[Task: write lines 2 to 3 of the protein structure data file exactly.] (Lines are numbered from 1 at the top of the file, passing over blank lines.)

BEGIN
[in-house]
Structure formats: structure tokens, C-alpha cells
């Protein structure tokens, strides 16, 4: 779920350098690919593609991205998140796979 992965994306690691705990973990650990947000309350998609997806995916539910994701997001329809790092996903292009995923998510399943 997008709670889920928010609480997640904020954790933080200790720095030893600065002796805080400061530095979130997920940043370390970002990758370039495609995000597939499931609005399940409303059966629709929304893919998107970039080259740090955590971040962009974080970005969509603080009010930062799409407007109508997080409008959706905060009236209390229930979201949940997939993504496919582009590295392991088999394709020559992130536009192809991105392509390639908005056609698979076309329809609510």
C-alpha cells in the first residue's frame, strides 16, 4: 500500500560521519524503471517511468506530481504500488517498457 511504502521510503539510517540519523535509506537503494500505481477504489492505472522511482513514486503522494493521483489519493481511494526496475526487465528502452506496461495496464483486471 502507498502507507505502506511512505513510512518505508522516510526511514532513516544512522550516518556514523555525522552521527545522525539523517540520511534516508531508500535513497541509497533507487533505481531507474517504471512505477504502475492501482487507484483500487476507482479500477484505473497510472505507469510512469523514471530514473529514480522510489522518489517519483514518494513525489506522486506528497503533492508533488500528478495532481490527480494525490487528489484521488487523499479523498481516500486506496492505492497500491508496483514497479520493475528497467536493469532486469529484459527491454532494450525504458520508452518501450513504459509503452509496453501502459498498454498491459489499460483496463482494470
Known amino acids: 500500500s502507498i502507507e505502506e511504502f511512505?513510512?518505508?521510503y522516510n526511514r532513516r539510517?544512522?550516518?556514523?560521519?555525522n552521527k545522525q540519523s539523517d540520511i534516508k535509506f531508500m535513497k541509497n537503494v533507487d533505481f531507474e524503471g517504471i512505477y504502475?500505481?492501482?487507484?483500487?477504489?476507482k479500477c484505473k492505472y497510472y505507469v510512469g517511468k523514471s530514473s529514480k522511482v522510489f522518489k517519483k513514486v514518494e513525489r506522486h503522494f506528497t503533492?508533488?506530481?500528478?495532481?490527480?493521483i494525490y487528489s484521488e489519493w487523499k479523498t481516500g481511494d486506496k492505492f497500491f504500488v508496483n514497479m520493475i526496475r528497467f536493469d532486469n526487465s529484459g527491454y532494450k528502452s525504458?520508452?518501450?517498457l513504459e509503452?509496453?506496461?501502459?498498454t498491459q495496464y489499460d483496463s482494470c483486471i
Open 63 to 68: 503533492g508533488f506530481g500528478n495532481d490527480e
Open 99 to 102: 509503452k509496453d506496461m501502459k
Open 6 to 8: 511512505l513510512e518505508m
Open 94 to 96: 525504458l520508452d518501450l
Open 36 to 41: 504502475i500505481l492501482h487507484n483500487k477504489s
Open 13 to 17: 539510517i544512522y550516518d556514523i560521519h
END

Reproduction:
Structure formats: structure tokens, C-alpha cells
């Protein structure tokens, strides 16, 4: 779920350098690919593609991205998140796979 992965994306690691705990973990650990947000309350998609997806995916539910994701997001329809790092996903292009995923998510399943 997008709670889920928010609480997640904020954790933080200790720095030893600065002796805080400061530095979130997920940043370390970002990758370039495609995000597939499931609005399940409303059966629709929304893919998107970039080259740090955590971040962009974080970005969509603080009010930062799409407007109508997080409008959706905060009236209390229930979201949940997939993504496919582009590295392991088999394709020559992130536009192809991105392509390639908005056609698979076309329809609510």